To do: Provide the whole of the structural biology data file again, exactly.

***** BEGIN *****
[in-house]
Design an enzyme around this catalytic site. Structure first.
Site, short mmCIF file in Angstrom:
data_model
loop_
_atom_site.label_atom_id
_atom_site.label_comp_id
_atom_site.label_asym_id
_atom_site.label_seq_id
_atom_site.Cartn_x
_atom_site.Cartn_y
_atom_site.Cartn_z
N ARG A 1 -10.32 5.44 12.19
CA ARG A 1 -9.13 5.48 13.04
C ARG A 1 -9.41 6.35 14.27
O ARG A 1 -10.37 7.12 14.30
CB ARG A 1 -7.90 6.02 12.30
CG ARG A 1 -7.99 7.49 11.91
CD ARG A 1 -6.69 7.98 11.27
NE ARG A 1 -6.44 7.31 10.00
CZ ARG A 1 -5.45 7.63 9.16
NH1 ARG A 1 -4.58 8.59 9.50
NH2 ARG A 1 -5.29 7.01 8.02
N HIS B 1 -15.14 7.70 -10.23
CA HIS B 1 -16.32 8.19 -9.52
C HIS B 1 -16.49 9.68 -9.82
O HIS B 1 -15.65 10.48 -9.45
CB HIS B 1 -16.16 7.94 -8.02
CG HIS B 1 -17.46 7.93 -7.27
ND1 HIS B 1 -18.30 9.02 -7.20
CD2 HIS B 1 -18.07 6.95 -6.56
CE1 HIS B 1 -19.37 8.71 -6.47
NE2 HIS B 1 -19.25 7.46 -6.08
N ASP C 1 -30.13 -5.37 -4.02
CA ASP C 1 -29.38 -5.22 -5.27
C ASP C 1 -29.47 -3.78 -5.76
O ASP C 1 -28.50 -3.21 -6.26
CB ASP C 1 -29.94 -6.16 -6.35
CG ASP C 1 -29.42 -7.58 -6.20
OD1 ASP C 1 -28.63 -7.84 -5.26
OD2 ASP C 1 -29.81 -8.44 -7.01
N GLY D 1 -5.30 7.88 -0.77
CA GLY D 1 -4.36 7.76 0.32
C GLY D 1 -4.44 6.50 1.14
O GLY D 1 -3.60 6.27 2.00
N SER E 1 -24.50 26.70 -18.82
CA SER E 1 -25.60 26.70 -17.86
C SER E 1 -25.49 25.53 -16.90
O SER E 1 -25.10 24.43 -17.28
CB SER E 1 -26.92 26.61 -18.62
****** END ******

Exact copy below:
[in-house]
Design an enzyme around this catalytic site. Structure first.
Site, short mmCIF file in Angstrom:
data_model
loop_
_atom_site.label_atom_id
_atom_site.label_comp_id
_atom_site.label_asym_id
_atom_site.label_seq_id
_atom_site.Cartn_x
_atom_site.Cartn_y
_atom_site.Cartn_z
N ARG A 1 -10.32 5.44 12.19
CA ARG A 1 -9.13 5.48 13.04
C ARG A 1 -9.41 6.35 14.27
O ARG A 1 -10.37 7.12 14.30
CB ARG A 1 -7.90 6.02 12.30
CG ARG A 1 -7.99 7.49 11.91
CD ARG A 1 -6.69 7.98 11.27
NE ARG A 1 -6.44 7.31 10.00
CZ ARG A 1 -5.45 7.63 9.16
NH1 ARG A 1 -4.58 8.59 9.50
NH2 ARG A 1 -5.29 7.01 8.02
N HIS B 1 -15.14 7.70 -10.23
CA HIS B 1 -16.32 8.19 -9.52
C HIS B 1 -16.49 9.68 -9.82
O HIS B 1 -15.65 10.48 -9.45
CB HIS B 1 -16.16 7.94 -8.02
CG HIS B 1 -17.46 7.93 -7.27
ND1 HIS B 1 -18.30 9.02 -7.20
CD2 HIS B 1 -18.07 6.95 -6.56
CE1 HIS B 1 -19.37 8.71 -6.47
NE2 HIS B 1 -19.25 7.46 -6.08
N ASP C 1 -30.13 -5.37 -4.02
CA ASP C 1 -29.38 -5.22 -5.27
C ASP C 1 -29.47 -3.78 -5.76
O ASP C 1 -28.50 -3.21 -6.26
CB ASP C 1 -29.94 -6.16 -6.35
CG ASP C 1 -29.42 -7.58 -6.20
OD1 ASP C 1 -28.63 -7.84 -5.26
OD2 ASP C 1 -29.81 -8.44 -7.01
N GLY D 1 -5.30 7.88 -0.77
CA GLY D 1 -4.36 7.76 0.32
C GLY D 1 -4.44 6.50 1.14
O GLY D 1 -3.60 6.27 2.00
N SER E 1 -24.50 26.70 -18.82
CA SER E 1 -25.60 26.70 -17.86
C SER E 1 -25.49 25.53 -16.90
O SER E 1 -25.10 24.43 -17.28
CB SER E 1 -26.92 26.61 -18.62